The vaginas had all dissolved into memories of twenty five years ago.

They became mothers to sons I never met. They became friends to strangers to me. The carefree ones became more reserved. The reserved ones became more free. None of them visited, except one.

She came to me late one Autumn as the trees burned yellow and the sky faded black. We sat in silence on a park bench as the light twisted sepia tone colors across the both of us like we had just been smeared into a fading photograph.

“Mom,” I lamented, “where does everybody go?”

“Shh . . .” she whispered, “don’t worry so much about the vagina. They’re feral spirits. They belong to people, when tamed, if tamed, but they’re just small parts of the whole of humans.”

“You mean girls?” “You know, you started out in a vagina.” “Mom, don’t start with that Freud crap again.” “I’m just saying . . .” “What are you saying, Mom?” “I’m just saying . . .” She was smug, that one, and she knew it. She told me she was getting old and she disappeared, turning into ashes in a casket as we all told stories.

“You know,” I told everybody, drunk on plum wine and tears, “that’s where I came from.” I pointed at the coffin. “The vagina that my mom tamed!”

“Get the hell down from there you drunk asshole!” everybody yelled.

“My mother loves me!” I was drunk and I tripped.

A whole swarm of vaginas hovered around me, and there were men and women, too. Everybody waited to see if I had died too, I guess, but I was so happy to see the vaginas again, I could barely open my eyes with joy.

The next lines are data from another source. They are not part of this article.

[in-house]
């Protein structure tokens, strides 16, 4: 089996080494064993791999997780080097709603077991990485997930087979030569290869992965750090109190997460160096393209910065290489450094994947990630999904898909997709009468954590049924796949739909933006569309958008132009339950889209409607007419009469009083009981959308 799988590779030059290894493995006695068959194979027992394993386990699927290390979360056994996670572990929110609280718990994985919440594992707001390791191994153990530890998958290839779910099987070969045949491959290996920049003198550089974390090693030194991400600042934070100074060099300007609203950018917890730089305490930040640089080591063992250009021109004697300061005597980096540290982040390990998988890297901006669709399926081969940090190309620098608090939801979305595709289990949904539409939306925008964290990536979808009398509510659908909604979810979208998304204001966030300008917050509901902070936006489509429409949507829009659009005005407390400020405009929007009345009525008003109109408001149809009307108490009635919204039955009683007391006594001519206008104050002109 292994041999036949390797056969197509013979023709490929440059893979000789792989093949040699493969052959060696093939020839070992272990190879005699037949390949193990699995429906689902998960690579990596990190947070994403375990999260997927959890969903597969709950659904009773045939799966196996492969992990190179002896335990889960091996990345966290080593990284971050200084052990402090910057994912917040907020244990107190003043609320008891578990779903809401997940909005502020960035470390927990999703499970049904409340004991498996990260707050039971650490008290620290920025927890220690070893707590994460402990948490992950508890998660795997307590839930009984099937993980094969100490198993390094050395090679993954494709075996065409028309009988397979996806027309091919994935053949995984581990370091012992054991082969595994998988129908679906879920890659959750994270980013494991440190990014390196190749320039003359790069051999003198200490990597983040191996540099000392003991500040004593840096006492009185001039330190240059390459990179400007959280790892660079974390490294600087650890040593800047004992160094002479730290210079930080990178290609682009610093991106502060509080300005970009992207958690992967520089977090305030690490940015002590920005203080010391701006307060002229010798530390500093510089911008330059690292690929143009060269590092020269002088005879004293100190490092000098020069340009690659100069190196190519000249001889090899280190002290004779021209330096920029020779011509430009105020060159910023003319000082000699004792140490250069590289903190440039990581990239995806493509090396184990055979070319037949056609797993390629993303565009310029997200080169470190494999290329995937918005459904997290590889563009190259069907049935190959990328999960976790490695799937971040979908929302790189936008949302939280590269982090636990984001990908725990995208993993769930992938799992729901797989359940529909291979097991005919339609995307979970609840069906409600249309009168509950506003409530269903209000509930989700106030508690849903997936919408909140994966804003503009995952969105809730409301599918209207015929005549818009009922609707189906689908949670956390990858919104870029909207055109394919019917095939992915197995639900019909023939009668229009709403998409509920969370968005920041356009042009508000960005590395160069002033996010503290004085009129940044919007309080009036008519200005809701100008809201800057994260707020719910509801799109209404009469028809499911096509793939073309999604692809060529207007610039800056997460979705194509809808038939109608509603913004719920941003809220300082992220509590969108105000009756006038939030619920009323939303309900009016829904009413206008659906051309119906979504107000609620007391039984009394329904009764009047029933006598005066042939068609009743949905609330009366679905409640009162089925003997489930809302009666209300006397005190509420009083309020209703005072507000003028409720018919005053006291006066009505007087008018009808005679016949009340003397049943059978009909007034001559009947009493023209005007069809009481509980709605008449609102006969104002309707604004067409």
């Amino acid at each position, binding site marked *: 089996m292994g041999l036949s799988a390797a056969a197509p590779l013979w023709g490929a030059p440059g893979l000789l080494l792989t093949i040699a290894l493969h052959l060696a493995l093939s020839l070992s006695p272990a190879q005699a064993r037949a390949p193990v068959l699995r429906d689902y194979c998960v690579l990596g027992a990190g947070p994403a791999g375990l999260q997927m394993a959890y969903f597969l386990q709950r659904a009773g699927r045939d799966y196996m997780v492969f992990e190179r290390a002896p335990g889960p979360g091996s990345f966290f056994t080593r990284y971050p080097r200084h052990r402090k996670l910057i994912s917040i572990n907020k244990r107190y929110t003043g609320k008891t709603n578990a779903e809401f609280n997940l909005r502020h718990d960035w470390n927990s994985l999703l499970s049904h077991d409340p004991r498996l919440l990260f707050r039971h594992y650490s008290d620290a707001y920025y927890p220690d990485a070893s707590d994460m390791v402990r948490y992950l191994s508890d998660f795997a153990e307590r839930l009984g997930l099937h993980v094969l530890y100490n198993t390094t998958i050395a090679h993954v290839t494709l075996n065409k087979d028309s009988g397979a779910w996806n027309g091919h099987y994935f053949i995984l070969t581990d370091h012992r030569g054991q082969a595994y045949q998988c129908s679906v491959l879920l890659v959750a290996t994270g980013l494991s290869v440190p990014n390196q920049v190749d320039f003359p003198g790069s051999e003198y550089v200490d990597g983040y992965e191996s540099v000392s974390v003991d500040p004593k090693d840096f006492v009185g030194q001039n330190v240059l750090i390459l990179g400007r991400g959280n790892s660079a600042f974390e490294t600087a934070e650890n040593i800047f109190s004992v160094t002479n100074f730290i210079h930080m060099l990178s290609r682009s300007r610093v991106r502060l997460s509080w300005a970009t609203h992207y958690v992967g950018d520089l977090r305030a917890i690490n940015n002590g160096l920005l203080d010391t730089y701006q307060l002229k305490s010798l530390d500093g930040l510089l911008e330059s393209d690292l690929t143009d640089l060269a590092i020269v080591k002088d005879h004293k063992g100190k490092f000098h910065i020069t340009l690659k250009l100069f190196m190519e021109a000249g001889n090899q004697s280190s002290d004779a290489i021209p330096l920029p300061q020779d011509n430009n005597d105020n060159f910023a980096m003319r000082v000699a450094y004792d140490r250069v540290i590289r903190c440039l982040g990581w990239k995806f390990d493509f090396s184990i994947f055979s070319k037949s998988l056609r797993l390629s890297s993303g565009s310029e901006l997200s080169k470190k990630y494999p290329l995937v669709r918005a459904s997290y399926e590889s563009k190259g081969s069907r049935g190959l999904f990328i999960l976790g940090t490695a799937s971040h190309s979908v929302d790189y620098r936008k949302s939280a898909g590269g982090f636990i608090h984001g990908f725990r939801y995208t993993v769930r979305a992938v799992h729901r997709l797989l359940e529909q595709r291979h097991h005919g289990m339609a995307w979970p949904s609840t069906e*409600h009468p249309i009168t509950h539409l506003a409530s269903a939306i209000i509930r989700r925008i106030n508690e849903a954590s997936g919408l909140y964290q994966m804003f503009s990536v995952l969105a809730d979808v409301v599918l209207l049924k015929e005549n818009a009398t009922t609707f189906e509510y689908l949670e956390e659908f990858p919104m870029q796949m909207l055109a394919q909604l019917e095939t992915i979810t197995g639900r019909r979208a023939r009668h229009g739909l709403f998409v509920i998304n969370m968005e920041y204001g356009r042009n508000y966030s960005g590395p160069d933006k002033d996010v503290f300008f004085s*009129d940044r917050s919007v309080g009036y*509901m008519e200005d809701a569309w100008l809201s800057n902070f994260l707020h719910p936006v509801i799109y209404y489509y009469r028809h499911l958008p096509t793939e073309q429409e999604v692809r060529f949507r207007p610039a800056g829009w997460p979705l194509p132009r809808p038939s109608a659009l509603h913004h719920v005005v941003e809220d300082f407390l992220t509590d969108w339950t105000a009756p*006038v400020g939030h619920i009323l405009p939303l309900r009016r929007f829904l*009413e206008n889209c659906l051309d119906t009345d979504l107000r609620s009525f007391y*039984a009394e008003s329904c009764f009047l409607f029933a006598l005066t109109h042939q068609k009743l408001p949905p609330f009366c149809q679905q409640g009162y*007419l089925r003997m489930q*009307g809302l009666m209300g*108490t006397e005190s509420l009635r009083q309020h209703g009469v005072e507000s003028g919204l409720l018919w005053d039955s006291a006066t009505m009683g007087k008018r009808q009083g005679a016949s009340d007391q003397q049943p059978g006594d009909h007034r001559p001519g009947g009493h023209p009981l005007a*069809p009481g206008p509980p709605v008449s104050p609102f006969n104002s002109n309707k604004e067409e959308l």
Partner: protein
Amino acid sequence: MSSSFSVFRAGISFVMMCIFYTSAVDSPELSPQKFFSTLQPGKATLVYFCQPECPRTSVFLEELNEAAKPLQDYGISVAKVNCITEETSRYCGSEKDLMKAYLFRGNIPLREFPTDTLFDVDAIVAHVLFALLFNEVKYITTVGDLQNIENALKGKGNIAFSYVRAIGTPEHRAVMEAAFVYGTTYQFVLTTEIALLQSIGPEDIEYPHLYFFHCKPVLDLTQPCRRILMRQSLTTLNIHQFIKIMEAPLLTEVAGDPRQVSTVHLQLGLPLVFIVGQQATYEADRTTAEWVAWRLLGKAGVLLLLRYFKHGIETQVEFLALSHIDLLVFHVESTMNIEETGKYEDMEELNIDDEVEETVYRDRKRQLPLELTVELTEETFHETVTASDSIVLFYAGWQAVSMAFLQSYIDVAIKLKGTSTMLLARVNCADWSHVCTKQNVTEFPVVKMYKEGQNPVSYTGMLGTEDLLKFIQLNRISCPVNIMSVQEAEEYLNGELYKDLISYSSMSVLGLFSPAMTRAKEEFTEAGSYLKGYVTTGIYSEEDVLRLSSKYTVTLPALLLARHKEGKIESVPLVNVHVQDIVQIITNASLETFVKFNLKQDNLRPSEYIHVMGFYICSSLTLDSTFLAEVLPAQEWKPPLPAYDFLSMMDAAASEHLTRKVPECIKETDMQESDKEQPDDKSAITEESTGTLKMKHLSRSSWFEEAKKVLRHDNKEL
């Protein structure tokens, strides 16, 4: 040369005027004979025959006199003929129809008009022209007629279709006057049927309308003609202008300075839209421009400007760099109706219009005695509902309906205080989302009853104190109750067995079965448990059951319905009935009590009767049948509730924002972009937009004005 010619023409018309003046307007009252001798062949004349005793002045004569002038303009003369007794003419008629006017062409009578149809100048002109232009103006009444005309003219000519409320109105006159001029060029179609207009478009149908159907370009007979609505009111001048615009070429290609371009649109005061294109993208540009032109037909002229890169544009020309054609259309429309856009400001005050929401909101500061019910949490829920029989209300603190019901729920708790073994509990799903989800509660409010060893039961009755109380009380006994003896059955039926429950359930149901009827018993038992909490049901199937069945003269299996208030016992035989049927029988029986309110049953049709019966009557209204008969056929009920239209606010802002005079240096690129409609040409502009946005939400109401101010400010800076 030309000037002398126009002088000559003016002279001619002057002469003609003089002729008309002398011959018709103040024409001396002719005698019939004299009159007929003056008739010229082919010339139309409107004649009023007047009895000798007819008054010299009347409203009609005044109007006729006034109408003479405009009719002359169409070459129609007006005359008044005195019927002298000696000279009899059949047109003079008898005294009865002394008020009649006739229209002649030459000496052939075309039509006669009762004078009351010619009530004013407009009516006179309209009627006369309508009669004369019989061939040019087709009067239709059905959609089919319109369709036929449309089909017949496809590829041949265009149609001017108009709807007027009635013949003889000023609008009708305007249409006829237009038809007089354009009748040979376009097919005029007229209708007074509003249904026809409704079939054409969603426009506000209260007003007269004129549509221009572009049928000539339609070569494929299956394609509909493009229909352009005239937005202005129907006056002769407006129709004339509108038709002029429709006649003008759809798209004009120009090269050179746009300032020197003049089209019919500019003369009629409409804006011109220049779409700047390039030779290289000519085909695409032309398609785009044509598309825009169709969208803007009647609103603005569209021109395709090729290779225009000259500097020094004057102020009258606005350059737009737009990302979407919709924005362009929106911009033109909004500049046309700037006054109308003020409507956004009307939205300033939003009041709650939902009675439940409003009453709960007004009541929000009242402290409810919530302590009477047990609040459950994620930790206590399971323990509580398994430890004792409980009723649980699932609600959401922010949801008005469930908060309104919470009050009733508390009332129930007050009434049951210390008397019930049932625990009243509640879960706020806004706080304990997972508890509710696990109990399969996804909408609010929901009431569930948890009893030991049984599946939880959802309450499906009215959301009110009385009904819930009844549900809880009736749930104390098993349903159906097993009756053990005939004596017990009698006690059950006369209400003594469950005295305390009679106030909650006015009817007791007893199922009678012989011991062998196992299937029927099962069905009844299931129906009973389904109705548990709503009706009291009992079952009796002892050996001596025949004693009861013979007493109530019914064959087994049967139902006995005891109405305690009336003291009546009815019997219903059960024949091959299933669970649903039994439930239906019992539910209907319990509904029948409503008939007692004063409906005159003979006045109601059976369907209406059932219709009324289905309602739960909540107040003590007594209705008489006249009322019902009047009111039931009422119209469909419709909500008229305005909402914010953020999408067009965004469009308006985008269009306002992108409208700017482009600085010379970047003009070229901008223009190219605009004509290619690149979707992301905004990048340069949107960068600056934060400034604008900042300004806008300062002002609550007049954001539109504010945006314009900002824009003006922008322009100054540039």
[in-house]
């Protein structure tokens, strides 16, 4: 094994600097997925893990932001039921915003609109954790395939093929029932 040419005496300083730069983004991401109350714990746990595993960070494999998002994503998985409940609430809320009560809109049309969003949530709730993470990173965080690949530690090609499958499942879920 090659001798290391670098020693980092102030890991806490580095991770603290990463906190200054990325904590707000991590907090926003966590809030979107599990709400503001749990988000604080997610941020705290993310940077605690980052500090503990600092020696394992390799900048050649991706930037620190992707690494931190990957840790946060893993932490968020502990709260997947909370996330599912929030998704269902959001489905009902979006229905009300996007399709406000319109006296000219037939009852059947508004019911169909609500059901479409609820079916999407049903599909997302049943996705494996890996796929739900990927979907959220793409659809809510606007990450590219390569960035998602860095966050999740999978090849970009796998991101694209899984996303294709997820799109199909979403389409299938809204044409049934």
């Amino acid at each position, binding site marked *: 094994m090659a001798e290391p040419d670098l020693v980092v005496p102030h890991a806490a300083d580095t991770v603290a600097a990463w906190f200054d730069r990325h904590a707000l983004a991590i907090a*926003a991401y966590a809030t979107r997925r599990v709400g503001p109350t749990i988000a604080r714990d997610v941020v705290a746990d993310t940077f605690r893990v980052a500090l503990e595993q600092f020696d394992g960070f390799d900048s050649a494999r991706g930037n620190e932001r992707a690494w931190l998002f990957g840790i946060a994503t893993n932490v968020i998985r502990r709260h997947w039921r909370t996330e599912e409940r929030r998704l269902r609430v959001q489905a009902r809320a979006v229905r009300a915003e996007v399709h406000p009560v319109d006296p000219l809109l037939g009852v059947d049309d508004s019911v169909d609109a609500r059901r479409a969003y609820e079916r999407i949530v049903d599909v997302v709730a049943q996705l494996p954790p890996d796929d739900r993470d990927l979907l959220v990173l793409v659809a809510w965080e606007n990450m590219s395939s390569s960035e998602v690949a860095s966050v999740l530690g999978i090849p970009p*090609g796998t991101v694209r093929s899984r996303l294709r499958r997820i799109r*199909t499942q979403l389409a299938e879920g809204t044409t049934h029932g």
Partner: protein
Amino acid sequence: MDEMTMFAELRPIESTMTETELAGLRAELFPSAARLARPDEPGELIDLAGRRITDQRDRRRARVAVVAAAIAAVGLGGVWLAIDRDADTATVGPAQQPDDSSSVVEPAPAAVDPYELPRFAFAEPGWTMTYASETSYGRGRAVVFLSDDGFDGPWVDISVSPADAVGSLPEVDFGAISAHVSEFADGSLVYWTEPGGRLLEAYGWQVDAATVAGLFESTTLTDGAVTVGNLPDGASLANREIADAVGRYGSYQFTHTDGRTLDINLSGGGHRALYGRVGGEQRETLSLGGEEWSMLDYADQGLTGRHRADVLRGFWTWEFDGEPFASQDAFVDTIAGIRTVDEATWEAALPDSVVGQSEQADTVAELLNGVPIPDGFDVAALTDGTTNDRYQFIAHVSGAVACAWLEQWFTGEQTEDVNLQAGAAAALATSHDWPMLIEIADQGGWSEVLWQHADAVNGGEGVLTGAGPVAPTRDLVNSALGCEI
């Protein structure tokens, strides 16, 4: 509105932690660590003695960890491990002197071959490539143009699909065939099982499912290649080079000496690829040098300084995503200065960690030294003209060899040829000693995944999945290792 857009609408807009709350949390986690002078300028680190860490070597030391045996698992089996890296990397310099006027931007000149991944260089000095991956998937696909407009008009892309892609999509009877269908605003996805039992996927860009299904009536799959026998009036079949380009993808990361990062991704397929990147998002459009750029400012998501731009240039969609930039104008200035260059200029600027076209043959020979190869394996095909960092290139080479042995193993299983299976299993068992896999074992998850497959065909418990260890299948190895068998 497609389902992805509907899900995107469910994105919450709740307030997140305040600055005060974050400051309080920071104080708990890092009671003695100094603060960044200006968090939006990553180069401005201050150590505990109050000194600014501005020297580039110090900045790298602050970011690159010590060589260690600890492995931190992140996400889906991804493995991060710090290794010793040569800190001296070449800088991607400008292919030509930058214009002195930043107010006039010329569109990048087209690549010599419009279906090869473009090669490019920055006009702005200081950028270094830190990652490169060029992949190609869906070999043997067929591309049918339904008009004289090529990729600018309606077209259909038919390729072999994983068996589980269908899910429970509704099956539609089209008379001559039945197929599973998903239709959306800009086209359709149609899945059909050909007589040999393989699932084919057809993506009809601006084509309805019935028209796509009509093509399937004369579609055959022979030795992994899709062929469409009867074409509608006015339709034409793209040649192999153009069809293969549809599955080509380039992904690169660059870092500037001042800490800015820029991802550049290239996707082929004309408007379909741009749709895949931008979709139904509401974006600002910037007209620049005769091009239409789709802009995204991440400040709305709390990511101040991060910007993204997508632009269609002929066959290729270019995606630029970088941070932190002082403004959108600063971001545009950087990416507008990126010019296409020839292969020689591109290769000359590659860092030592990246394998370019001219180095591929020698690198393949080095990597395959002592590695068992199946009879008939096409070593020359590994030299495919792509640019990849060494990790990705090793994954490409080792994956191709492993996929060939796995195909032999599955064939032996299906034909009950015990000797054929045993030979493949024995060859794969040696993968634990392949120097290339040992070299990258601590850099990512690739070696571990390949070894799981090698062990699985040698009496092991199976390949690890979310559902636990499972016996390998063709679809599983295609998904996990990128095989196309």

“You’re back,” I whispered, “it’s so good you’re back!”

Some arms and hands pulled at me, put me back in a standing position, made the world swirl. My feet held the ground heavy.

“Don’t let them make you barren!” I called back to the vaginas as the people shoved me into a cab amid ‘he’s drunk’ and ‘he’s upset’-type comments.

“Where to, Mack?” the cab driver asked me. “Take me home,” I decided. “Where’s that, Mack?” “You know, my man, that—that is a very good question.” “I need an address, Mack.”

“Take me to where the butterflies go when they leave in the night, to the place where life begins, to the holiest secret of all, to the mysteries that unfold life itself, to the inner workings of them all, I want to turn back everything, I want to get back to the beginning, and they know it, they know it, somehow they make it, they can make it . . .” I was drooling and I hit my head against the window.

“You okay, Mack?” the car began driving. “No.” “You know,” the cab driver turned around, “I feel them too, sometimes. I get chills in their presence. Sometimes I can feel them in the same room as me, even when they aren’t there to see me, and I just weep and weep, Mack, I can’t stop it neither, it’s just so goddamn beautiful this whole fucked up world, the way it all turns around on you, the magic of it all, the goddamn magic, you know, even with all the war and stuff, Mack?”

I felt like he wanted an answer from me, but I was pretty sure that I was asleep in my own bed, too, and that the cab driver hadn’t said anything, at all, it was just me and images of soldiers and death and so my nose crusted over with depression.

I pulled myself out of the hole. “Thanks for the lift,” I mouthed into my pillow. “I needed it.” I climbed back in and the darkness of the night swallowed me into warmth and I dreamt I was swimming in a warm lake. I reached down to hold my belly-button, but I couldn’t find it.

It wasn’t there yet.


This piece was read as part of a production of “Action Fiction!”, sponsored by Fiction365 and Omnibucket.   

Read more stories from Action Fiction! productions.